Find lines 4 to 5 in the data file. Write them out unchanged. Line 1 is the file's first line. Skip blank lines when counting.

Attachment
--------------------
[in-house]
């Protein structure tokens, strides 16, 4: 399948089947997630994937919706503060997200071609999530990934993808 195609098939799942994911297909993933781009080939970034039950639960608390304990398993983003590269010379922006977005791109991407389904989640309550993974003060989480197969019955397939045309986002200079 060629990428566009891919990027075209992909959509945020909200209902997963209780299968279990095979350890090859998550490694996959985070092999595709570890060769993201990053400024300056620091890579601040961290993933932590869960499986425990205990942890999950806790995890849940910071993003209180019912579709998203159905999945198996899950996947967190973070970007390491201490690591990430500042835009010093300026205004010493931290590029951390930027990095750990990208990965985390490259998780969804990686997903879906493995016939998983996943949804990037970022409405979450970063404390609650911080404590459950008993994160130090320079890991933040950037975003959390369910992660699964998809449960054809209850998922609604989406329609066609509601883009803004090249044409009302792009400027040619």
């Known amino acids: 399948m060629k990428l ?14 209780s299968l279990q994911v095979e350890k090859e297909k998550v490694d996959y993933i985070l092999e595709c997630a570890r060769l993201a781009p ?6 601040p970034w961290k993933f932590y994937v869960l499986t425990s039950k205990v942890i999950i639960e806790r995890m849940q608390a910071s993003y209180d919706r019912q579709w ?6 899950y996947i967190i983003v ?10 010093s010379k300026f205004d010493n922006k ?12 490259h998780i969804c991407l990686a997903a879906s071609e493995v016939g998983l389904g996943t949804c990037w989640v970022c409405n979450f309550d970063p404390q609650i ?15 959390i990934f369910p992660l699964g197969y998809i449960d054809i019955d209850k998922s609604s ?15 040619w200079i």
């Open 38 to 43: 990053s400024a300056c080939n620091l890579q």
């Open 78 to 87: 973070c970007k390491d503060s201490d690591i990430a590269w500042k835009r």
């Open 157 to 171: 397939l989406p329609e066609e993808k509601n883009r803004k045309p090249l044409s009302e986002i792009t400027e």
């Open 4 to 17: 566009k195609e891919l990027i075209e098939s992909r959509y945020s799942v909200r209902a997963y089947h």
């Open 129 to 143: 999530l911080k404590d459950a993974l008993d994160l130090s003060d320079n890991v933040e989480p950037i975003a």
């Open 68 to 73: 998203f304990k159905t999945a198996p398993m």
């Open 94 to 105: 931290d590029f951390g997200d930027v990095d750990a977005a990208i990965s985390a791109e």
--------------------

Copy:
């Open 38 to 43: 990053s400024a300056c080939n620091l890579q």
């Open 78 to 87: 973070c970007k390491d503060s201490d690591i990430a590269w500042k835009r």